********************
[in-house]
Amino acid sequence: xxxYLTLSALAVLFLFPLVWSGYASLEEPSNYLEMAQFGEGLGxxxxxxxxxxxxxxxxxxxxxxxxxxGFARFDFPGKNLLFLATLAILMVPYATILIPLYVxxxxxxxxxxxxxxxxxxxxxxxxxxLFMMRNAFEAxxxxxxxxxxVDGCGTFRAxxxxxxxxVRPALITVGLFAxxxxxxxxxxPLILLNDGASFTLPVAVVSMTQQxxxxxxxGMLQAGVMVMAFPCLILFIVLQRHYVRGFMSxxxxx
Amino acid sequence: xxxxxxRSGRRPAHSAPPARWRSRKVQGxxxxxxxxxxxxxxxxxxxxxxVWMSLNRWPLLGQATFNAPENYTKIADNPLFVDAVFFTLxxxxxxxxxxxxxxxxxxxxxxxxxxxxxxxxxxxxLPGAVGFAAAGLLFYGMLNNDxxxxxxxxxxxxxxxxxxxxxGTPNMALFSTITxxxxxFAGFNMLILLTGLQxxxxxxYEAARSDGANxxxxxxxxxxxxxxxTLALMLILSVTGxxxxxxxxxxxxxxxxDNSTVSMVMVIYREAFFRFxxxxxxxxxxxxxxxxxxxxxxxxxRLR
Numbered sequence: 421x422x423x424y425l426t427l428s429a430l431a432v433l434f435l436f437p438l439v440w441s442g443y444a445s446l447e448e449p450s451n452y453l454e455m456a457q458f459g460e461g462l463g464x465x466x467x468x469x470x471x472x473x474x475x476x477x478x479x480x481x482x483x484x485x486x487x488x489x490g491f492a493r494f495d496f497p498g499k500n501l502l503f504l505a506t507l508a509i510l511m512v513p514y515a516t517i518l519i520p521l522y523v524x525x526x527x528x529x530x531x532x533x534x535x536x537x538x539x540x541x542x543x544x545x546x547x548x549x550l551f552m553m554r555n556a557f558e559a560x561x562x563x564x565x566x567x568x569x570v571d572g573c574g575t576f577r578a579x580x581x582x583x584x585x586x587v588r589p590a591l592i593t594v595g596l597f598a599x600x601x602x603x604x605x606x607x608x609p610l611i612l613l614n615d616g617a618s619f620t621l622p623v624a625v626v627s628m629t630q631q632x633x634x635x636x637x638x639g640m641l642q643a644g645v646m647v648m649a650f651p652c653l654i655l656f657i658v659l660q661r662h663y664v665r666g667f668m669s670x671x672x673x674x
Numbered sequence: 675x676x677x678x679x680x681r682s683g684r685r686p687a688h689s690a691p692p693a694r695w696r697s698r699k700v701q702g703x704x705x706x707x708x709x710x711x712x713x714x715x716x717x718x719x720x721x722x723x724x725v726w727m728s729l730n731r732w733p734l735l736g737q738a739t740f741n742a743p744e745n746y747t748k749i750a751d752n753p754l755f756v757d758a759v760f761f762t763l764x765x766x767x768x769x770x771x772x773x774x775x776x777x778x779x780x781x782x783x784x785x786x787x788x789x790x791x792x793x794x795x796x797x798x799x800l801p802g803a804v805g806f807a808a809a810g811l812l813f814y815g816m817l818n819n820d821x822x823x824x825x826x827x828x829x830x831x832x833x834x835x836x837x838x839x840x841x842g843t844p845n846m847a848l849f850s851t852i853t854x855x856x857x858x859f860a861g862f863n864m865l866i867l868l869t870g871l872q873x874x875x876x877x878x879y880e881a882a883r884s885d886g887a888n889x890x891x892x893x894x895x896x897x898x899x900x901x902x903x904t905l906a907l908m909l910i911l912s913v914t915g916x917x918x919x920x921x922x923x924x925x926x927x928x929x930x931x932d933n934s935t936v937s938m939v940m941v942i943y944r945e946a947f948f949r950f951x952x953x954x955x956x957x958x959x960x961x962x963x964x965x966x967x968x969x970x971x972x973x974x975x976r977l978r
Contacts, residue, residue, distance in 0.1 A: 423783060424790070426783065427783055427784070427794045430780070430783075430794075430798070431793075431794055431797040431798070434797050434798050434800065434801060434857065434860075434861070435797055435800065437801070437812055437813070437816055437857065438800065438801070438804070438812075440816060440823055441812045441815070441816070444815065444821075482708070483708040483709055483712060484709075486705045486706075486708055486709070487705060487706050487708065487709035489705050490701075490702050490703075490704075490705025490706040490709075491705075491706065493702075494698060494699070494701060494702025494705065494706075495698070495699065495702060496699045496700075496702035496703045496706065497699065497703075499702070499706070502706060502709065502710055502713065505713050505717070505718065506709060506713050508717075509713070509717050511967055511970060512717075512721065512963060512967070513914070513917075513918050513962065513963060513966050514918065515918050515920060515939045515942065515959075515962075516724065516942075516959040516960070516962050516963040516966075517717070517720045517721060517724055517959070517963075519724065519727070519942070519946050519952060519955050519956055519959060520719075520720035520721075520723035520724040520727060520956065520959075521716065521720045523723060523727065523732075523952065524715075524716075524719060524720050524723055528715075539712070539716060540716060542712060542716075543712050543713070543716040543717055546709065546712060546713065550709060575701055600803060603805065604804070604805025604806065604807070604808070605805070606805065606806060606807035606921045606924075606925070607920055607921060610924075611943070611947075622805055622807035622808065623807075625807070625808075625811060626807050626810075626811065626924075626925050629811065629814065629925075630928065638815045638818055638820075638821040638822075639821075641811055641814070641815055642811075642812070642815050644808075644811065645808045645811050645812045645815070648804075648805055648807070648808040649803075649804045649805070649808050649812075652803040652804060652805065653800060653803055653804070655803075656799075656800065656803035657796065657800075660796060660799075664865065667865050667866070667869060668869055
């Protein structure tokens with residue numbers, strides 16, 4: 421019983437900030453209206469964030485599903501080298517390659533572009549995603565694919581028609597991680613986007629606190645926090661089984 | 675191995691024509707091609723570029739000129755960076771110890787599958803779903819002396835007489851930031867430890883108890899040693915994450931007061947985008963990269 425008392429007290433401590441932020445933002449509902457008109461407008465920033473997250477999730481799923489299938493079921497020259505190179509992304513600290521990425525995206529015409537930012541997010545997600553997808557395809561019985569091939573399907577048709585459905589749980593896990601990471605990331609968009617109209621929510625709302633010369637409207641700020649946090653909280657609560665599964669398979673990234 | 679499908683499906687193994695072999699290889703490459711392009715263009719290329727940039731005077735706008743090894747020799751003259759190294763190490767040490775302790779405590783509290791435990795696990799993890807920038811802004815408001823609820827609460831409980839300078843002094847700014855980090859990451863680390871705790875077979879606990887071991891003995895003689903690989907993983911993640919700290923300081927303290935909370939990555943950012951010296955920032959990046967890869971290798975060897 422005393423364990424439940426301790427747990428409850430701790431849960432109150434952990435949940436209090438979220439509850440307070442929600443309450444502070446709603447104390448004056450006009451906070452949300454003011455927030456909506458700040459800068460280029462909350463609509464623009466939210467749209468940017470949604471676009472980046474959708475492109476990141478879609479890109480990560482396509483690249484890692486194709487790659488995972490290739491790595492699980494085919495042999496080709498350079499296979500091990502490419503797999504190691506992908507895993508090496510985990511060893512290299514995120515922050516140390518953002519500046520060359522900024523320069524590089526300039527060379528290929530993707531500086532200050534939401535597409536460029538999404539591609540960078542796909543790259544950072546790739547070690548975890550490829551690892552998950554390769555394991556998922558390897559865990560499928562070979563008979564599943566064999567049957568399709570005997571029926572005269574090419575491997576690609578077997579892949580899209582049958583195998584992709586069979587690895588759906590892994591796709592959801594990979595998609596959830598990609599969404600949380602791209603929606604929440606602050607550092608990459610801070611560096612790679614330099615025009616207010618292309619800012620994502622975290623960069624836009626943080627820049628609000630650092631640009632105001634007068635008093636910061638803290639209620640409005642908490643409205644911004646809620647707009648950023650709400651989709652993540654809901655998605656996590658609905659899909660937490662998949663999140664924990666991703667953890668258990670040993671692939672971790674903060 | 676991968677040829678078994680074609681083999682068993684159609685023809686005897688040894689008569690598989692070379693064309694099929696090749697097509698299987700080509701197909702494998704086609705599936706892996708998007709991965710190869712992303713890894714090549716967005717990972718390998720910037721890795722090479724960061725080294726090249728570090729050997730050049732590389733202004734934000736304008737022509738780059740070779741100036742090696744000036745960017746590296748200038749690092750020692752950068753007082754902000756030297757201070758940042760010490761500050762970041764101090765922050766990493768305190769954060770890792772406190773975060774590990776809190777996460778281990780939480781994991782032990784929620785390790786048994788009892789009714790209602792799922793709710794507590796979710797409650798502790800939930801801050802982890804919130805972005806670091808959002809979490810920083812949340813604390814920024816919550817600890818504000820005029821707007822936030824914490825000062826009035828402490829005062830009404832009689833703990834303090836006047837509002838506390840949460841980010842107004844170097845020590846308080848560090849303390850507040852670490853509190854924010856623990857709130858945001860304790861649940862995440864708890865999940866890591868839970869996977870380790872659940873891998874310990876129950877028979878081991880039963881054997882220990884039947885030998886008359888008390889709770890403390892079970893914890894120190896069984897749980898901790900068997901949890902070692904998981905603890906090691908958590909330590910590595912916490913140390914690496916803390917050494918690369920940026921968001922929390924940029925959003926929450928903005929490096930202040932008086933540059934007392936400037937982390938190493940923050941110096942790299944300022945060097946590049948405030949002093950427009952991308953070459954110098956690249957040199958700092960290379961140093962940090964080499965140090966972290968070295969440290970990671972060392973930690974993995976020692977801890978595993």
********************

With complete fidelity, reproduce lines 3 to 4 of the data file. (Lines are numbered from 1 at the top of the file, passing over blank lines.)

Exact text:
Amino acid sequence: xxxxxxRSGRRPAHSAPPARWRSRKVQGxxxxxxxxxxxxxxxxxxxxxxVWMSLNRWPLLGQATFNAPENYTKIADNPLFVDAVFFTLxxxxxxxxxxxxxxxxxxxxxxxxxxxxxxxxxxxxLPGAVGFAAAGLLFYGMLNNDxxxxxxxxxxxxxxxxxxxxxGTPNMALFSTITxxxxxFAGFNMLILLTGLQxxxxxxYEAARSDGANxxxxxxxxxxxxxxxTLALMLILSVTGxxxxxxxxxxxxxxxxDNSTVSMVMVIYREAFFRFxxxxxxxxxxxxxxxxxxxxxxxxxRLR
Numbered sequence: 421x422x423x424y425l426t427l428s429a430l431a432v433l434f435l436f437p438l439v440w441s442g443y444a445s446l447e448e449p450s451n452y453l454e455m456a457q458f459g460e461g462l463g464x465x466x467x468x469x470x471x472x473x474x475x476x477x478x479x480x481x482x483x484x485x486x487x488x489x490g491f492a493r494f495d496f497p498g499k500n501l502l503f504l505a506t507l508a509i510l511m512v513p514y515a516t517i518l519i520p521l522y523v524x525x526x527x528x529x530x531x532x533x534x535x536x537x538x539x540x541x542x543x544x545x546x547x548x549x550l551f552m553m554r555n556a557f558e559a560x561x562x563x564x565x566x567x568x569x570v571d572g573c574g575t576f577r578a579x580x581x582x583x584x585x586x587v588r589p590a591l592i593t594v595g596l597f598a599x600x601x602x603x604x605x606x607x608x609p610l611i612l613l614n615d616g617a618s619f620t621l622p623v624a625v626v627s628m629t630q631q632x633x634x635x636x637x638x639g640m641l642q643a644g645v646m647v648m649a650f651p652c653l654i655l656f657i658v659l660q661r662h663y664v665r666g667f668m669s670x671x672x673x674x